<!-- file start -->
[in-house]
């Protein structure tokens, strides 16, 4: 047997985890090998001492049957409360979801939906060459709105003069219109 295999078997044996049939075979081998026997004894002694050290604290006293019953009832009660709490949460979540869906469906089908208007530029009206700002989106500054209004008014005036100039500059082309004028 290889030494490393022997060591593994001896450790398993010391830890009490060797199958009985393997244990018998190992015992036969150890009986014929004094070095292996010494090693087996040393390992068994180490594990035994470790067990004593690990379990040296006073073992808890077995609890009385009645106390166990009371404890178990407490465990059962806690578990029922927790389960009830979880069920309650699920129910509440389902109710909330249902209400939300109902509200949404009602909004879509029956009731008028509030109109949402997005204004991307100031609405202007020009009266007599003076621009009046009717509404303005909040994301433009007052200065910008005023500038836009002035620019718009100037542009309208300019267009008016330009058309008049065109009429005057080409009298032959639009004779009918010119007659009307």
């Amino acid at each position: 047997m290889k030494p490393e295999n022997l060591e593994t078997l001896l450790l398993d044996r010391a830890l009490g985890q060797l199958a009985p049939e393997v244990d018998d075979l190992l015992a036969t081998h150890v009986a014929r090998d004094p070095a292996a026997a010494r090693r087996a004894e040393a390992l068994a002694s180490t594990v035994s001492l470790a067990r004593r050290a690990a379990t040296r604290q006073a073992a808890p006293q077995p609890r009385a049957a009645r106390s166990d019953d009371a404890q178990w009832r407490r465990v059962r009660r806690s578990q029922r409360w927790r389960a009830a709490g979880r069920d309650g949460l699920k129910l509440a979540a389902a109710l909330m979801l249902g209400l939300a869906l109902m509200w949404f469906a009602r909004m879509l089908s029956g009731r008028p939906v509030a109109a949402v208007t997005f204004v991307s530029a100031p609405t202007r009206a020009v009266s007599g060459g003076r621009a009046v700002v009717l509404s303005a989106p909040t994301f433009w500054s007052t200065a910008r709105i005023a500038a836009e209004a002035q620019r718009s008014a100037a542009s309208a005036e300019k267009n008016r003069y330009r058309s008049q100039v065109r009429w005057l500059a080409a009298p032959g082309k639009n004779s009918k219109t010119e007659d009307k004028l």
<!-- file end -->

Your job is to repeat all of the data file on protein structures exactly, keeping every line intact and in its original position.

[in-house]
């Protein structure tokens, strides 16, 4: 047997985890090998001492049957409360979801939906060459709105003069219109 295999078997044996049939075979081998026997004894002694050290604290006293019953009832009660709490949460979540869906469906089908208007530029009206700002989106500054209004008014005036100039500059082309004028 290889030494490393022997060591593994001896450790398993010391830890009490060797199958009985393997244990018998190992015992036969150890009986014929004094070095292996010494090693087996040393390992068994180490594990035994470790067990004593690990379990040296006073073992808890077995609890009385009645106390166990009371404890178990407490465990059962806690578990029922927790389960009830979880069920309650699920129910509440389902109710909330249902209400939300109902509200949404009602909004879509029956009731008028509030109109949402997005204004991307100031609405202007020009009266007599003076621009009046009717509404303005909040994301433009007052200065910008005023500038836009002035620019718009100037542009309208300019267009008016330009058309008049065109009429005057080409009298032959639009004779009918010119007659009307």
């Amino acid at each position: 047997m290889k030494p490393e295999n022997l060591e593994t078997l001896l450790l398993d044996r010391a830890l009490g985890q060797l199958a009985p049939e393997v244990d018998d075979l190992l015992a036969t081998h150890v009986a014929r090998d004094p070095a292996a026997a010494r090693r087996a004894e040393a390992l068994a002694s180490t594990v035994s001492l470790a067990r004593r050290a690990a379990t040296r604290q006073a073992a808890p006293q077995p609890r009385a049957a009645r106390s166990d019953d009371a404890q178990w009832r407490r465990v059962r009660r806690s578990q029922r409360w927790r389960a009830a709490g979880r069920d309650g949460l699920k129910l509440a979540a389902a109710l909330m979801l249902g209400l939300a869906l109902m509200w949404f469906a009602r909004m879509l089908s029956g009731r008028p939906v509030a109109a949402v208007t997005f204004v991307s530029a100031p609405t202007r009206a020009v009266s007599g060459g003076r621009a009046v700002v009717l509404s303005a989106p909040t994301f433009w500054s007052t200065a910008r709105i005023a500038a836009e209004a002035q620019r718009s008014a100037a542009s309208a005036e300019k267009n008016r003069y330009r058309s008049q100039v065109r009429w005057l500059a080409a009298p032959g082309k639009n004779s009918k219109t010119e007659d009307k004028l």